Hispaniolan Solenodon
(Solenodon paradoxus)
Resembling an overgrown shrew, the ancestors of this West Indian insectivore diverged from all other living mammal groups an incredible 76 million years ago. It is one of only a few species of mammal capable of producing toxic saliva, which it injects into its prey through special grooves in its incisors. Before European colonisation of Hispaniola, the species was one of the dominant predators on the island. As a result it has never evolved any ‘anti-predator’ defences. A slow, clumsy mover, it is poorly equipped to defend itself against introduced predators such as dogs, cats and mongooses.
Urgent Conservation Actions
Further studies into distribution, abundance and ecology, and the impact of habitat destruction and introduced competitors and predators.
Hispaniola (Haiti and Dominican Republic).
Associated Blog Posts
9th Aug 12
Since 2009, Dr José Nuñez-Miño has been the field project leader for the Last Survivors Project, raising awareness and conducting conservation actions for...  Read

6th Jun 12
We owe all of you a huge apology since it has been over two months since our last blog update. The whole team has been so rushed off our feet that we have no...  Read

9th May 12
Pedro Martinez is a biologist who works for the Last Survivors Project in the Dominican Republic which aims to conserve EDGE species such as the Hispaniolan ...  Read

6th Apr 12
Two months have passed since the last blog and we have been extremely busy during this time. We had a great opportunity to increase conservation capaci...  Read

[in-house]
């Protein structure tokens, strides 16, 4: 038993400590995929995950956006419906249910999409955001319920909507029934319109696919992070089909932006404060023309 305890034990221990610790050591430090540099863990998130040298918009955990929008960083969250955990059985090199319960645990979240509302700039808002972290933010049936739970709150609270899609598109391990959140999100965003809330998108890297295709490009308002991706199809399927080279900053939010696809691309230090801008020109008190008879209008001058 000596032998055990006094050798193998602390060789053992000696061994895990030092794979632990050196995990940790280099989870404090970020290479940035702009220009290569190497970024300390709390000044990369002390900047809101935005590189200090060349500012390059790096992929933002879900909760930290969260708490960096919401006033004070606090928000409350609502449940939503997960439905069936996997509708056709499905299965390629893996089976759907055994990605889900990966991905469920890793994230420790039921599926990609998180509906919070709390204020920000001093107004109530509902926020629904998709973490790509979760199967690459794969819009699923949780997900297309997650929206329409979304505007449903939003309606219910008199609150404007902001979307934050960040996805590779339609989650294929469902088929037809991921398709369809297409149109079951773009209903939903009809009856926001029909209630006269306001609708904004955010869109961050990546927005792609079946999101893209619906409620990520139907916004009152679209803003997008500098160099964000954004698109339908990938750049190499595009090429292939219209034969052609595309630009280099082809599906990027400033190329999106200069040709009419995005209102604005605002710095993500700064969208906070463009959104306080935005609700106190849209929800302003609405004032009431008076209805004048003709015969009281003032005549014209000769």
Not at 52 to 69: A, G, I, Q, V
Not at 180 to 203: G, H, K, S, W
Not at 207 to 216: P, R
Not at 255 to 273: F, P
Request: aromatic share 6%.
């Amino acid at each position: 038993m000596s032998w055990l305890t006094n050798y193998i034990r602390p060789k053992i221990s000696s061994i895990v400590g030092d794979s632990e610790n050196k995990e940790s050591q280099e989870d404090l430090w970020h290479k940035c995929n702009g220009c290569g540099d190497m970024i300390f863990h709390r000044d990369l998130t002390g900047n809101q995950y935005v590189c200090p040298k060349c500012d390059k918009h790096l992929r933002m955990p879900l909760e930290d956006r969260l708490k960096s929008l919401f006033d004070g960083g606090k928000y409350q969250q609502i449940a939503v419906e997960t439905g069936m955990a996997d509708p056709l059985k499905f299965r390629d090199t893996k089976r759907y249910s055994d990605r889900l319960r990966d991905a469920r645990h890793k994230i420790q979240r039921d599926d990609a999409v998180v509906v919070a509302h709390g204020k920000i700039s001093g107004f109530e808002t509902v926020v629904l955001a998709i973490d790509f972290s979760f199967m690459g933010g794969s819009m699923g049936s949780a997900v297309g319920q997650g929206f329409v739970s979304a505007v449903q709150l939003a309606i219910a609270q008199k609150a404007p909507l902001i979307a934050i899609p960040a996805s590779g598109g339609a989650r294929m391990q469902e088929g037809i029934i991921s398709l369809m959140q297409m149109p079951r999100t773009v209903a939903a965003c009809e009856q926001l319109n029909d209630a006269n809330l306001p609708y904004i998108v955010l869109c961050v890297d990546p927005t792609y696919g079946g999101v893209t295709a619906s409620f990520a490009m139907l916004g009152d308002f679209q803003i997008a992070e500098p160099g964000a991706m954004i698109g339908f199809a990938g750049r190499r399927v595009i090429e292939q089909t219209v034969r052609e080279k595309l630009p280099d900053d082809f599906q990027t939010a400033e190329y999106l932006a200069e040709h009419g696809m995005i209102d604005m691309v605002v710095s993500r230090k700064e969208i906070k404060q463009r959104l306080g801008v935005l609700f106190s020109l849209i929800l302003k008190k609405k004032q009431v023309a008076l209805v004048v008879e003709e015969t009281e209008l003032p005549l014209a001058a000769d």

30th Mar 12
Piercing through the dark fog of pessimistic predictions for conservation’s future, rays of hope are appearing, in the guise of newly discovered species or...  Read

2nd Feb 12
I am convinced that time is speeding up; the last few weeks have absolutely flown by. Our main focus since our last blog has been field work. The whole team ...  Read

22nd Dec 11
End of the year on the Last Survivors project... As we approach the end of 2011 its time to once again reflect on the year and look forward to the year ah...  Read

24th Nov 11
Where have the last two months gone? They seem to have flown past and the lead up to Christmas is upon us. We have, as always, been very busy on all fronts o...  Read

5th Oct 11
So much has happened since our last posting that I have no idea if I’ll be able to cram it all into a reasonable length blog. One of the main highlights of...  Read

26th Aug 11
After visiting friends and family back in the United Kingdom I am now back in the sunny Caribbean. Actually it’s not been that sunny since we are at the st...  Read

12th Jul 11
The Hispaniolan Solenodon is not only one of the most evolutionarily distinct and threatened mammals in the world; but also, one of the few poisonous ones. I...  Read

20th Apr 11
An update from Joe Nunez on the progress of the Last Survivors project which is raising awareness of the Hispaniolan solenodon and hutia in the Dominican Rep...  Read

22nd Feb 11
This is an update from Joe Nunez on the Last Survivors project. It's been far too long since our last blog but then we have been incredibly busy on all fron...  Read

29th Dec 10
As 2010 comes to a close, Jose Nunez-Mino has written a summary of the excellent work he and his team have achieved this year in the Dominican Republic o...  Read

26th Nov 10
Dr. Jose Nunez-Mino has sent an update on the progress of The Last Survivors project in the Dominican Republic and its work to enable the long term conservat...  Read

30th Sep 10